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Agency stock hits eight-year high but many are relisted homes - Zoopla

Property supply has hit its highest level for eight years, Zoopla data shows.

The latest Zoopla House Price Index shows the average estate agent has 31 homes for sale.

The research suggests that as of 19 May, the level of property stock for sale is up 20% annually and 25% higher in value terms.


However, almost a third of the stock is from agents and sellers relisting their property.

Two-fifths of these homes that had been on the market in 2023 have had their asking price cut by more than 5% to attract demand, Zoopla said.

The South West of England has recorded a 33% increase in homes for sale compared to last year, with an above-average increase in the expansion in four-bed homes, the research shows.

This is attributed to holiday home owners selling up ahead of tax changes for furnished holiday lets and the prospect of double council tax for second homes.

Meanwhile, sales agreed are also running 13% higher than this time last year, according to the index

There are regional variations though. The level of sales agreed have grown 22% across the North East but are up by just 1% in Wales.

Zoopla’s latest index found that prices fell 0.1% annually in April 2024 to £264,300 and it expects average values to remain flat over the year.

Richard Donnell, executive director at Zoopla, said: “The growth in the supply of homes for sale is evidence of renewed confidence amongst homeowners, some of whom delayed moving decisions in 2023. 

“The quarterly rate of house price inflation has picked up in recent months as more sales are agreed and prices firm. “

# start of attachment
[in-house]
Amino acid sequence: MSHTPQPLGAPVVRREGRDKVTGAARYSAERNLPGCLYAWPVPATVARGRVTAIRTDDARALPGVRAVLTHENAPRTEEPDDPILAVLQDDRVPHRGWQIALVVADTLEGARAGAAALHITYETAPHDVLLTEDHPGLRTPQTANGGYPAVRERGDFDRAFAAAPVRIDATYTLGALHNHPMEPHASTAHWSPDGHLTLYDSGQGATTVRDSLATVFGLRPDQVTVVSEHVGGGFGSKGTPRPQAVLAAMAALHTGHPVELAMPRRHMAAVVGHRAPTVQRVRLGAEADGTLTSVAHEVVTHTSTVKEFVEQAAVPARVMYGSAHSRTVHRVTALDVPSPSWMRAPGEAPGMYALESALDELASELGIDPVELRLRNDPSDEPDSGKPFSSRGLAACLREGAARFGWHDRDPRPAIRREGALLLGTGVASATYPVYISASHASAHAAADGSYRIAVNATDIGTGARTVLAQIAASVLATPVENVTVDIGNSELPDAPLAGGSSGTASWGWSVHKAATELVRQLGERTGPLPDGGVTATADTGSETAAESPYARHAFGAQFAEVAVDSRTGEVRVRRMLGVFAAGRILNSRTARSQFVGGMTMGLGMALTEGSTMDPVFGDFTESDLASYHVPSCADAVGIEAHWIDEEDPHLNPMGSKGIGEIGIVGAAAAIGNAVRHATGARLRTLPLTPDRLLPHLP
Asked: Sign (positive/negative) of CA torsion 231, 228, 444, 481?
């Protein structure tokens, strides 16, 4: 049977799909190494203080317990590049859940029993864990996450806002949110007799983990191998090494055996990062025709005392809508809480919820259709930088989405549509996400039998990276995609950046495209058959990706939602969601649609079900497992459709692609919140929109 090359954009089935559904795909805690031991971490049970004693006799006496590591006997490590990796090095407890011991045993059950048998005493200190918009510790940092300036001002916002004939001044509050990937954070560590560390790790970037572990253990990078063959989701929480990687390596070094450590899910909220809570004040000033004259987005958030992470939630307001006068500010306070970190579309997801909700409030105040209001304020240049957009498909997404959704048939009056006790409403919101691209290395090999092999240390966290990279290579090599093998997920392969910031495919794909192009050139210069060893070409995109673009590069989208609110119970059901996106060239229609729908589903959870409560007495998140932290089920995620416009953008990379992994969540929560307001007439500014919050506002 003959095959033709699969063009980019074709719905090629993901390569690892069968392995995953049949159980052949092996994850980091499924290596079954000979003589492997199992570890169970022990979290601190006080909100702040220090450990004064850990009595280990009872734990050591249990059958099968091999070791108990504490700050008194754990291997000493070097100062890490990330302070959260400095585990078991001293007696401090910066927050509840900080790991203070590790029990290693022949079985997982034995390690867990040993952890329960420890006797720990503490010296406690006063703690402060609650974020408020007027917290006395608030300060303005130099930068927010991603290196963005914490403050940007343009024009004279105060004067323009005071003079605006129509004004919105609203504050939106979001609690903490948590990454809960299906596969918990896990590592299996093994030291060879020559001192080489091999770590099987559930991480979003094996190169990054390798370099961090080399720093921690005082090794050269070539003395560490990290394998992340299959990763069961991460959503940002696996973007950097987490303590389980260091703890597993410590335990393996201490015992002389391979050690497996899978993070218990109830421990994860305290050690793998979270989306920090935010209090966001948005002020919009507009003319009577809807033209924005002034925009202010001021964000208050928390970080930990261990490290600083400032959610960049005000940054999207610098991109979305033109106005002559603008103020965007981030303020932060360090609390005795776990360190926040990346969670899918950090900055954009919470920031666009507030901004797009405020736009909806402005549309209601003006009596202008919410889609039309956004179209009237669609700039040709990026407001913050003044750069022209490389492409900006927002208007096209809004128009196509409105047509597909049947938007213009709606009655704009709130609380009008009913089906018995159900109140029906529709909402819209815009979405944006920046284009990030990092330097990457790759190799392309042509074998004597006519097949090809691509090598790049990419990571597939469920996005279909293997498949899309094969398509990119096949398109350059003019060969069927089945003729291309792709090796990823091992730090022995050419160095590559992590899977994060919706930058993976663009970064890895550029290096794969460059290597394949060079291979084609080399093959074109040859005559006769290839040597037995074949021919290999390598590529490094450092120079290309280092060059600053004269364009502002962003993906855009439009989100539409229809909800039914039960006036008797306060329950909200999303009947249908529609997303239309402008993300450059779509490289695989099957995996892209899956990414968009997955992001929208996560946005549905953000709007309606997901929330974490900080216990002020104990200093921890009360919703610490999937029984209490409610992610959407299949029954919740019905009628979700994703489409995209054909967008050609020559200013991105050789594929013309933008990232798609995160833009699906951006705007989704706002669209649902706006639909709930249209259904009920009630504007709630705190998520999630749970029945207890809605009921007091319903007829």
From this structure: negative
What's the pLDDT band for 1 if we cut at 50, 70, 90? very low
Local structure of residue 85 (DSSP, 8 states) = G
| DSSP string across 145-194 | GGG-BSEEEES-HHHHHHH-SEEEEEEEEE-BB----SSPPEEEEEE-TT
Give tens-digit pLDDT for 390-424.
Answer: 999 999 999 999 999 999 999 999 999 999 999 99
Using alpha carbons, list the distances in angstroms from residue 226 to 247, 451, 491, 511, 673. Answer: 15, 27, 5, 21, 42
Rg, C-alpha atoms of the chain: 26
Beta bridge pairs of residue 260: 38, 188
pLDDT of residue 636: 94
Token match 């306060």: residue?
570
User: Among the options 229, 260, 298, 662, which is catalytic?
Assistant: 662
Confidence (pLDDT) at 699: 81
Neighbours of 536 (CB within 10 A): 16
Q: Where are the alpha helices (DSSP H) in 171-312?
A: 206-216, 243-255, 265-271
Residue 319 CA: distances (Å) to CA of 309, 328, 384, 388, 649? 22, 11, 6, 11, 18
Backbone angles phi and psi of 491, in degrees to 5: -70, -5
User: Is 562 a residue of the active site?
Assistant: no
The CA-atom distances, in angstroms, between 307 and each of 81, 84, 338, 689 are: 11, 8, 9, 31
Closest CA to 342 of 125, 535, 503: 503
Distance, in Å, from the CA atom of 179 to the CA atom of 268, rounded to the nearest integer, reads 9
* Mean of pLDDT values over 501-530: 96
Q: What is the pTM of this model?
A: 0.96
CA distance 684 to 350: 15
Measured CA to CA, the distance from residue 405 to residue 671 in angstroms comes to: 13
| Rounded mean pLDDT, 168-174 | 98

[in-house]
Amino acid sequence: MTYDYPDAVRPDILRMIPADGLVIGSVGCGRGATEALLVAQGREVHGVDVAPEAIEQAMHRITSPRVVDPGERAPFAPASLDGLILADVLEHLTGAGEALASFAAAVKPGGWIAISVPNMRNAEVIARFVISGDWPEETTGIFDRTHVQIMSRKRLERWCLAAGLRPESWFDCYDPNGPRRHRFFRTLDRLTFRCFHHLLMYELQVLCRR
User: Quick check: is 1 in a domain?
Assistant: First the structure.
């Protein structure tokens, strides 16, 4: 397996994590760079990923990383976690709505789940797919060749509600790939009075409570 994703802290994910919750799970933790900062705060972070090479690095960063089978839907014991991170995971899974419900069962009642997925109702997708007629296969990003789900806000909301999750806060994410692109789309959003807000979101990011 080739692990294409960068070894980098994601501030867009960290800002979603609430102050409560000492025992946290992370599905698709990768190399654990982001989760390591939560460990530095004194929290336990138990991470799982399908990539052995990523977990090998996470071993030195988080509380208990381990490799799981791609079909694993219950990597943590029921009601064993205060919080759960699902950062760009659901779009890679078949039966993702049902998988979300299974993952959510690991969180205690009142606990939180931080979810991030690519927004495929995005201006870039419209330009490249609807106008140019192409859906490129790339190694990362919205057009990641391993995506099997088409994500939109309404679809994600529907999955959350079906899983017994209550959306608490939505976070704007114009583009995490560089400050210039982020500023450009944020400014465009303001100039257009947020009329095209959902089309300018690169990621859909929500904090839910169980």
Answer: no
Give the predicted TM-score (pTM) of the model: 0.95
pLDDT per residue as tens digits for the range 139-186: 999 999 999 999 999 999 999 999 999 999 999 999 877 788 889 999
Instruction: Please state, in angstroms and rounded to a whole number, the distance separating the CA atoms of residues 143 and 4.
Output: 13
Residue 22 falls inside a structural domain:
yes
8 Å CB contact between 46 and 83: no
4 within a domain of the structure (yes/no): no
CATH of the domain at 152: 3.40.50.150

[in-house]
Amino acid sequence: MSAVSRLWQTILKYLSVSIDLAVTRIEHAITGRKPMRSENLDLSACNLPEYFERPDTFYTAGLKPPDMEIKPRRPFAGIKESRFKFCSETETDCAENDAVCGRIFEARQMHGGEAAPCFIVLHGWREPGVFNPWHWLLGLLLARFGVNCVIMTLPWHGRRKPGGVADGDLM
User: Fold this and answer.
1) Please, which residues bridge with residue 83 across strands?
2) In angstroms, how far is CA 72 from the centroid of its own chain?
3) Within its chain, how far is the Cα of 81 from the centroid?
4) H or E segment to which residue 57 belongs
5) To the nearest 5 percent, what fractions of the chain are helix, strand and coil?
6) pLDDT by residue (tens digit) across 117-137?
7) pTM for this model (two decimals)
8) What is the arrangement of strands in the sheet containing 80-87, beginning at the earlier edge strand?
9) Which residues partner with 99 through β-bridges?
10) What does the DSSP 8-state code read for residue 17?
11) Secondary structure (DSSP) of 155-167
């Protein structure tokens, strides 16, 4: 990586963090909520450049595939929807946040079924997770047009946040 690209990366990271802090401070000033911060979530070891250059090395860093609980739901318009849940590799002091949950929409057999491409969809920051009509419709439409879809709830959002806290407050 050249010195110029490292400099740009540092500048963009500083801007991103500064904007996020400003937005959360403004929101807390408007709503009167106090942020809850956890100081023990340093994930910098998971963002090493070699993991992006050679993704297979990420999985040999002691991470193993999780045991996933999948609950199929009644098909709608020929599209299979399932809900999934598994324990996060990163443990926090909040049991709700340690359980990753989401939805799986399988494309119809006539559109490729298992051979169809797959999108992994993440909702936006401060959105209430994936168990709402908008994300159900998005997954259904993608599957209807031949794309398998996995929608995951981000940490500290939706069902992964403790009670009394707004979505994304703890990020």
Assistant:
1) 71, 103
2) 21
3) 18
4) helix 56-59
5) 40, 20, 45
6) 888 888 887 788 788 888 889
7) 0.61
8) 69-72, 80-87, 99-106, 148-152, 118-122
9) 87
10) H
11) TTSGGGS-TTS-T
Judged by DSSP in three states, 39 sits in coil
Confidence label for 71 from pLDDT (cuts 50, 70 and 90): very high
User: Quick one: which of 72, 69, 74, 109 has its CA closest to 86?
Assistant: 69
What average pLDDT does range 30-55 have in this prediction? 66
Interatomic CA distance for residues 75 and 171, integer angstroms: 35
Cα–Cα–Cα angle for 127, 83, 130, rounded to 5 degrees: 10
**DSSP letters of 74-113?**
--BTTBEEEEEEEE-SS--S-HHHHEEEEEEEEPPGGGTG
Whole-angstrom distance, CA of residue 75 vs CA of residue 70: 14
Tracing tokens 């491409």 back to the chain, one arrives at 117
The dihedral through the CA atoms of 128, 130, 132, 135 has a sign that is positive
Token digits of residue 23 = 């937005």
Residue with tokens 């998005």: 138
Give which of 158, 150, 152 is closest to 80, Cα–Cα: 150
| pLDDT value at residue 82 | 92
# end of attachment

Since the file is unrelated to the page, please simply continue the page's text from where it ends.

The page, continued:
“The announcement of the election will slow the pace at which new sales are agreed while greater choice for buyers will keep house prices in check over 2024. It's essential that those serious about moving in 2024 price their homes realistically if they want to achieve a sale.”

Commenting on the report, Tom Bill, head of UK residential research at Knight Frank, said: “Growing supply is one reason that UK house price growth this year will be limited to low single digits.

“However, the main obstacle for buyers is stubborn services inflation, which is keeping mortgage rates high.

“Asking prices therefore need to reflect the fact that buyers have more choice and tighter budgets. General elections don’t tend to impact mainstream property markets and if anyone is attempting to guess what happens next to house prices, I would suggest looking closely at the next inflation data rather than the manifestos.”

Nathan Emerson, chief executive of agency trade body Propertymark, added: “It’s extremely positive to see such a sizable uplift in the market across the last twelve months. However, with a General Election now confirmed, until there is full clarity on the direction any new government intends to take regarding housing, we expect there to be a temporary slowing across the summer months of both people choosing to sell their property and those actively looking to buy.

“We do have the positive news that inflation is now firmly tracking downwards and would be keen to see interest rates follow. We are hopeful across the coming months that lenders will bring both competitive and targeted deals to the marketplace at the first opportunity.”


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